You will need: nail clippers, a ruler, a stick of dry spaghetti and an eye on the clock.
1. Pick at that wick.
Candle buffs decree that there is a correct length for a wick: it should be exactly 1/4 of an inch long. If your wick is longer than this and you have a jar candle, you may end up with soot on the jar and a big flame that burns your candle down mighty fast. However manufacturers – even posh ones like Diptyque – don’t trim the wicks. So to get the most out of your candle, you’ll have to do it yourself.
Trim the wick of the candle to 1/4 of an inch before you use it for the very first time, and trim if necessary before each and every use. You can do it with scissors and a ruler: but like a lot of things that sound super-simple when you read them online, the reality can be darned fiddly. If you have a jar candle, once it has burnt down a little it becomes a total fiddle to try and stick a pair of scissors in to trim the wick. Hence the nail clippers!
The other thing is, with a jar candle it can be difficult to measure and trim to 1/4 of an inch exactly. Even if the wick is high in the jar, you can’t just stick the ruler in and snip. The ruler can be too big or cumbersome, or it doesn’t measure right to the edge. I use strands of spaghetti for lighting candles (we don’t smoke, so there are no lighters or matches in the house), so I have found it easier simply to measure and snip off a 1/4 of an inch of a spaghetti strand. I stick it in the wax next to the wick, and use that as the measure to clip the wick to size. (If you look really carefully in the picture above, you can just about spot a little dod of spaghetti next to the candle wick.)
2. Let it burn, burn burn.
“Tunnelling” is when a lit candle creates a pool of melted wax surrounded by a ridge of hard unmelted wax, and simply won’t burn to the edges.The biggest cause of tunnelling is because people don’t leave their candles burning for a sufficiently long time. The tunnel around the wick in the wax gets deeper and deeper, until the candle becomes difficult to light and the wick drowns. Avoid this from the get go, by giving your candles good, long burns. Ideally, you want to burn your candle until the molten wax reaches the edge of the jar or, if it is a votive candle, until the molten wax pool approaches the candle edge.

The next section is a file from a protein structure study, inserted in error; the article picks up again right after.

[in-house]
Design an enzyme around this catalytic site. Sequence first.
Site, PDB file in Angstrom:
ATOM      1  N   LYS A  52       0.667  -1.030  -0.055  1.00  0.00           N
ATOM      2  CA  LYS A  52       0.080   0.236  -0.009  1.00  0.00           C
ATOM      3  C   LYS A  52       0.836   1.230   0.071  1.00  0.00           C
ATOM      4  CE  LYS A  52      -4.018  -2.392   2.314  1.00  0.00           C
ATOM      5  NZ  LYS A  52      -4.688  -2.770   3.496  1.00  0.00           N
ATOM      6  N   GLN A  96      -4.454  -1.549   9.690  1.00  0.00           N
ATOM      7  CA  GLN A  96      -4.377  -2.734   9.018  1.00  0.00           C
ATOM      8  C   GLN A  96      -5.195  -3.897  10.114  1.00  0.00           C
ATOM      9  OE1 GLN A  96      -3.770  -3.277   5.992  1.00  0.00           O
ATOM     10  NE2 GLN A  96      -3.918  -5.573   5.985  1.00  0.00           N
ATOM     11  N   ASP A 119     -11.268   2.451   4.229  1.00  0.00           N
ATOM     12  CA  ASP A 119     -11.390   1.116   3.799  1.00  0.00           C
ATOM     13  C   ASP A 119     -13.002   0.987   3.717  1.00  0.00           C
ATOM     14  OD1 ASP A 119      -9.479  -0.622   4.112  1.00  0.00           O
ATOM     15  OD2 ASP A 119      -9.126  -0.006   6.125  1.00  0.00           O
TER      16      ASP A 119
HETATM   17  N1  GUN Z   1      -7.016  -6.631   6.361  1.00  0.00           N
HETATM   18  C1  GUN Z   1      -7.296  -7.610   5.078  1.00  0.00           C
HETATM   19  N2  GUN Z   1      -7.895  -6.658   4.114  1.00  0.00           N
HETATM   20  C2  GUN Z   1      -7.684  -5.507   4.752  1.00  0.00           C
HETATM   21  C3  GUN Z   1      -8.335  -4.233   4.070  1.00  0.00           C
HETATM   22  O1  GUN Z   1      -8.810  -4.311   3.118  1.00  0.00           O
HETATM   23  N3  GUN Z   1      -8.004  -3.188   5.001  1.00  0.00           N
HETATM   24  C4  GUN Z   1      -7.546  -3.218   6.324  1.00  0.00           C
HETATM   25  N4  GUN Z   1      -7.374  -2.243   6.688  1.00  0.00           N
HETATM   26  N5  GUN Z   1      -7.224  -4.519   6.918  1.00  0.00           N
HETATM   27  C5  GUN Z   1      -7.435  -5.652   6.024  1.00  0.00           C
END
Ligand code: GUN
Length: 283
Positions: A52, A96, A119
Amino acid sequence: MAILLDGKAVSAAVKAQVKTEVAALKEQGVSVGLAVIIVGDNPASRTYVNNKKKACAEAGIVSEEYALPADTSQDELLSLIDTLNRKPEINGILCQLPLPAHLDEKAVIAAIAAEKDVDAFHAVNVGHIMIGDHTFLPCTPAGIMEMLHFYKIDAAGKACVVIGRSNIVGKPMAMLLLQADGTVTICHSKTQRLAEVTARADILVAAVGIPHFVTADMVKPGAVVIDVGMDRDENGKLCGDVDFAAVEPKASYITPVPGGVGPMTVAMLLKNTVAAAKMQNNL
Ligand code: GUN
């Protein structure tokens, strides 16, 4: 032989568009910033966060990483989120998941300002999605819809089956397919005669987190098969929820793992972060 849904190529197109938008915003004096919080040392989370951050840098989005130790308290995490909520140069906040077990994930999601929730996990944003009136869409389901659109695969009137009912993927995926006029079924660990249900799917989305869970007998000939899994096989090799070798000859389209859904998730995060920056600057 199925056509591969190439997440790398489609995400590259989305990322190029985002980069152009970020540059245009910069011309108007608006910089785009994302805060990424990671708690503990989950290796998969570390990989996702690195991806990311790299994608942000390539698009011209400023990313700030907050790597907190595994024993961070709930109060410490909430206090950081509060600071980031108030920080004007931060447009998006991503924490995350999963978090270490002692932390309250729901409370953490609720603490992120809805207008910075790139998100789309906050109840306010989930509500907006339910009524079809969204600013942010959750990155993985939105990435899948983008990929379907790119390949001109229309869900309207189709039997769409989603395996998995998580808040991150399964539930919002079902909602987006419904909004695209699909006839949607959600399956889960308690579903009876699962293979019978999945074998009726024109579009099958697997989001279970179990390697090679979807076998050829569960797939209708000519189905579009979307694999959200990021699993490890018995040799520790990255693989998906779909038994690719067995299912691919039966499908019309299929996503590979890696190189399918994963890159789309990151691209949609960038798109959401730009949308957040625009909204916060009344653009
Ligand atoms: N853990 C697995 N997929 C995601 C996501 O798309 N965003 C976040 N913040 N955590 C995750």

The very first burn is all-important: if the candle doesn’t burn long enough to reach the edge on its first outing, chances are it will never get there. The general rule of thumb here is to allow one hour per inch of diameter. So if you have a jar candle with a four-inch diameter, you should let it burn for at least four hours. This isn’t always practical, but remember that candles should never be left unattended. That way lies fiery infernos.
3. Location, location.
Use your noggin: don’t leave a lit candle in a draught. It can cause the candle to smoke, drip or burn on one side only. In practice, this may mean keeping your candles away from poorly-insulated windows.
Pop your candle into the freezer at least a day before you intend to light it: the candle will last up to twice as long as a result.
Be aware, however, that some candle buffs claim that candle wax will crack if frozen – which may be one way to shorten the life of your candle, if it isn’t a jar candle and melted wax is free to ooze out between those cracks. So if you have a bunch of candles, you may wish to test one in the freezer before bunging the lot in.
5. Make those candles multi-task.
A bit of a cheat, this. But if it’s a lovely smelly candle and you aren’t going to use it immediately, stick it at the back of a bedroom drawer or wardrobe until its time comes. With scented candles in the house, who needs to fork out for scented drawer liners?
Any other ways to turn a candle into a waxy equivalent of Mumm-Ra, the Ever-Living? If you know of any, please share…